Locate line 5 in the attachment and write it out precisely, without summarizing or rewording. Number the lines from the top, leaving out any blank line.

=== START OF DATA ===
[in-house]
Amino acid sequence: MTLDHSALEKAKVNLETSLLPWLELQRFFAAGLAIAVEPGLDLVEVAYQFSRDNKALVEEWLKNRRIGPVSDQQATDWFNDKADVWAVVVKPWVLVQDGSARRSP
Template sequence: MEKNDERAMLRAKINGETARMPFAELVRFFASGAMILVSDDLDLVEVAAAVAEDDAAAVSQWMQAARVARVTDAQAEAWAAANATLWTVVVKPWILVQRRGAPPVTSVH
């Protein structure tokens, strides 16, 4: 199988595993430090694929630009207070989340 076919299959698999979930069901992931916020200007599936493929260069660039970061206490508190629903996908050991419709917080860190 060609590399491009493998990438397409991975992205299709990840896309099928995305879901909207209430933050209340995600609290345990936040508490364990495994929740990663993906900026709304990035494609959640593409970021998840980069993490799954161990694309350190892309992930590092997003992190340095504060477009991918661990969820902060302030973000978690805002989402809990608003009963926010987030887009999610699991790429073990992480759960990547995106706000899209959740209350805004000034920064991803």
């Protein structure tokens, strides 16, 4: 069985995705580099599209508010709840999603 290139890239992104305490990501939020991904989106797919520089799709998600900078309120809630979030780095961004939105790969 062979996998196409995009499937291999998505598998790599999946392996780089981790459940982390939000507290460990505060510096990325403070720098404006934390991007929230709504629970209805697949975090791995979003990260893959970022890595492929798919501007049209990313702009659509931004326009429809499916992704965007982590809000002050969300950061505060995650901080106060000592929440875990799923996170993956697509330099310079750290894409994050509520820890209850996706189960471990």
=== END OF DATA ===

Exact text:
């Protein structure tokens, strides 16, 4: 069985995705580099599209508010709840999603 290139890239992104305490990501939020991904989106797919520089799709998600900078309120809630979030780095961004939105790969 062979996998196409995009499937291999998505598998790599999946392996780089981790459940982390939000507290460990505060510096990325403070720098404006934390991007929230709504629970209805697949975090791995979003990260893959970022890595492929798919501007049209990313702009659509931004326009429809499916992704965007982590809000002050969300950061505060995650901080106060000592929440875990799923996170993956697509330099310079750290894409994050509520820890209850996706189960471990």